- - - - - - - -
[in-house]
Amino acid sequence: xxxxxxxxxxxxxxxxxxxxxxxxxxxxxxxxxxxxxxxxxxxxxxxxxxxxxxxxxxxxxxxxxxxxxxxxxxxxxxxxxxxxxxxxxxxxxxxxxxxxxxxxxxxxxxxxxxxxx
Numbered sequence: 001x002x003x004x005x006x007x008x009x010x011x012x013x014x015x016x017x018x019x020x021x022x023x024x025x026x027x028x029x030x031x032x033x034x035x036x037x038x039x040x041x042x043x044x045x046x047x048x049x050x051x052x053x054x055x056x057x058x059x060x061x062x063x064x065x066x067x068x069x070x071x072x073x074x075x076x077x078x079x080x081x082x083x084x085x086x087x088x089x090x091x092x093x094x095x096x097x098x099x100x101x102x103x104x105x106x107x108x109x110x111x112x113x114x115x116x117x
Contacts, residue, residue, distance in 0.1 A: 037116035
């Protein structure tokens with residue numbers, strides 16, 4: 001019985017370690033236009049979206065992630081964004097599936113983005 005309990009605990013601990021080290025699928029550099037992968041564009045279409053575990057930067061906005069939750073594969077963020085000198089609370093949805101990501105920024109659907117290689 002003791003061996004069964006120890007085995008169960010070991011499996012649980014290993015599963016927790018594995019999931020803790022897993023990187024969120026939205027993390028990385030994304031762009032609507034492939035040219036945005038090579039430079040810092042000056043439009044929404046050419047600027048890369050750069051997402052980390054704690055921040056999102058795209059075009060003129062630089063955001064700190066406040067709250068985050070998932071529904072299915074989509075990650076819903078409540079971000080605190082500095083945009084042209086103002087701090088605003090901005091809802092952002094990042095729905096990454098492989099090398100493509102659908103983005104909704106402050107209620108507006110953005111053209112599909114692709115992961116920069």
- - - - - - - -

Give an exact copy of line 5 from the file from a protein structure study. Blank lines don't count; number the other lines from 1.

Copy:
């Protein structure tokens with residue numbers, strides 16, 4: 001019985017370690033236009049979206065992630081964004097599936113983005 005309990009605990013601990021080290025699928029550099037992968041564009045279409053575990057930067061906005069939750073594969077963020085000198089609370093949805101990501105920024109659907117290689 002003791003061996004069964006120890007085995008169960010070991011499996012649980014290993015599963016927790018594995019999931020803790022897993023990187024969120026939205027993390028990385030994304031762009032609507034492939035040219036945005038090579039430079040810092042000056043439009044929404046050419047600027048890369050750069051997402052980390054704690055921040056999102058795209059075009060003129062630089063955001064700190066406040067709250068985050070998932071529904072299915074989509075990650076819903078409540079971000080605190082500095083945009084042209086103002087701090088605003090901005091809802092952002094990042095729905096990454098492989099090398100493509102659908103983005104909704106402050107209620108507006110953005111053209112599909114692709115992961116920069």